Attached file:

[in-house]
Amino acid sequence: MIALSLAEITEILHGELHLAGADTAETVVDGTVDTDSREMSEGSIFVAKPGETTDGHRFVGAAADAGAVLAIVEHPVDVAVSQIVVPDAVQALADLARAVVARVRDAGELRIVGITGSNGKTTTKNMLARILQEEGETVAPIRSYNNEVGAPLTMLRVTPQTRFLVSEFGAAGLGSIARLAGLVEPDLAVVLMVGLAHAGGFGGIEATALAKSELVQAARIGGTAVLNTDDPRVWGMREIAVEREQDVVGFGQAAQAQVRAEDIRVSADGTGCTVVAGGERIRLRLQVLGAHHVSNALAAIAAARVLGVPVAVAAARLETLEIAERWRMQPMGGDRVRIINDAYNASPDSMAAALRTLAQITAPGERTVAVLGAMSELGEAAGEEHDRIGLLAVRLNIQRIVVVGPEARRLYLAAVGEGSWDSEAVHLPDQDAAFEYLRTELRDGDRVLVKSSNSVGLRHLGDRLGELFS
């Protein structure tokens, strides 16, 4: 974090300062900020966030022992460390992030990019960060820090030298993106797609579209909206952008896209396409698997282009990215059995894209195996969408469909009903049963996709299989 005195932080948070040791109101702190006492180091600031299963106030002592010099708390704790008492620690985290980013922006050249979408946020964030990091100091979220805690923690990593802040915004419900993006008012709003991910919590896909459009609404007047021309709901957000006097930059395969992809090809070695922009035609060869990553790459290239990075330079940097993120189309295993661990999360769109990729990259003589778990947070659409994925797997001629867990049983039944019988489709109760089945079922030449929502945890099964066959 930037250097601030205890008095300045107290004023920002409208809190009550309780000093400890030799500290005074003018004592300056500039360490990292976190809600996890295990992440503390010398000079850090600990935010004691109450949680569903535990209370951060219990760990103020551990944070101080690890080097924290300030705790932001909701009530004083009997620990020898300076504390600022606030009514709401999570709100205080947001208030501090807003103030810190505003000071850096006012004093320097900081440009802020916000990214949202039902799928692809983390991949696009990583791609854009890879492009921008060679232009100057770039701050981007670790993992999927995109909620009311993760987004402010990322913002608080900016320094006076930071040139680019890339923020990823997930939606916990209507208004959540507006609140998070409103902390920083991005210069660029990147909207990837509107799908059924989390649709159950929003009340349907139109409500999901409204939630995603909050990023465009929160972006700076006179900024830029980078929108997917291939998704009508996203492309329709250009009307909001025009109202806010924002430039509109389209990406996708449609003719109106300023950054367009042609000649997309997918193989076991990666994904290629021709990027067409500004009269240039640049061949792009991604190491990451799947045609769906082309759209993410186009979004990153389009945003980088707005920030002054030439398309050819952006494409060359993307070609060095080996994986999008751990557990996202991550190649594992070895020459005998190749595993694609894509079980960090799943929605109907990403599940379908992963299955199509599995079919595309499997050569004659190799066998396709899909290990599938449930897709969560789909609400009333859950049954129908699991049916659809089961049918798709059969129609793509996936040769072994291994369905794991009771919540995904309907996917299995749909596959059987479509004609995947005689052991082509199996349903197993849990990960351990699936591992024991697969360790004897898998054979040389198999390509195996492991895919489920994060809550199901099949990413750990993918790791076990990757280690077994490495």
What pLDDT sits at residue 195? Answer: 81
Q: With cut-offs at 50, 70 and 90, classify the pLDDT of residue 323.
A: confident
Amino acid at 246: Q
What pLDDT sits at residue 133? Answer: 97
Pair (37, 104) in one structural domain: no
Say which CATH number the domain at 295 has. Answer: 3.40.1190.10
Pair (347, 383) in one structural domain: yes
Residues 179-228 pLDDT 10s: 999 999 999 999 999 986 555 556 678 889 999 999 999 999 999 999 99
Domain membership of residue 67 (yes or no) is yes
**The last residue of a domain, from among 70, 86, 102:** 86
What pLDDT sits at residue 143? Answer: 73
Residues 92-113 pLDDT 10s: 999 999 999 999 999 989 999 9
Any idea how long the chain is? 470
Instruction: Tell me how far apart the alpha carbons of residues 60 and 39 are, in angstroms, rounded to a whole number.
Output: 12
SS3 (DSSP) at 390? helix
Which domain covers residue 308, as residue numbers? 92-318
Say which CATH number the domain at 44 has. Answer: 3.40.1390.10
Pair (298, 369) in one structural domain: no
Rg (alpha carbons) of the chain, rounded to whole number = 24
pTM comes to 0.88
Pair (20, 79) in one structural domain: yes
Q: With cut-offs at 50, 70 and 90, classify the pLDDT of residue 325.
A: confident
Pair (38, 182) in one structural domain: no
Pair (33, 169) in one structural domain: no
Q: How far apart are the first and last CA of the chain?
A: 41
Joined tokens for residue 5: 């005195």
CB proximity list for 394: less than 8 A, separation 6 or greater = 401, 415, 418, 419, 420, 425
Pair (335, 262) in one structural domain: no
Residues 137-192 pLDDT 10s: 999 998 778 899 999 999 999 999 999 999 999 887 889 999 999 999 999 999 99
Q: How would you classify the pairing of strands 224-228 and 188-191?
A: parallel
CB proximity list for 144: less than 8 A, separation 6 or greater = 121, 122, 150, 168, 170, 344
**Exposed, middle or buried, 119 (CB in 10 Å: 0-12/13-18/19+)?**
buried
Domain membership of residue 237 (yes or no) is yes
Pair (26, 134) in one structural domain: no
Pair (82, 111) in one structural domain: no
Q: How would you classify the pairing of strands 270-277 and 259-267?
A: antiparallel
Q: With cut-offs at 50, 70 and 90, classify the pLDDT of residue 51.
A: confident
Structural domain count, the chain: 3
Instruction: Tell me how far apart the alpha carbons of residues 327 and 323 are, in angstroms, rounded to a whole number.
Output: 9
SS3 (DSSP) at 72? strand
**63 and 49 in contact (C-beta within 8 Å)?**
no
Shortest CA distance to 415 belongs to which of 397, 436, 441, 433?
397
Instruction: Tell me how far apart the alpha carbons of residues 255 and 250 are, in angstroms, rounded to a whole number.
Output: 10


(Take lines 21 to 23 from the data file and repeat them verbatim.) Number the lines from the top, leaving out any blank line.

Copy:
Which domain covers residue 308, as residue numbers? 92-318
Say which CATH number the domain at 44 has. Answer: 3.40.1390.10
Pair (298, 369) in one structural domain: no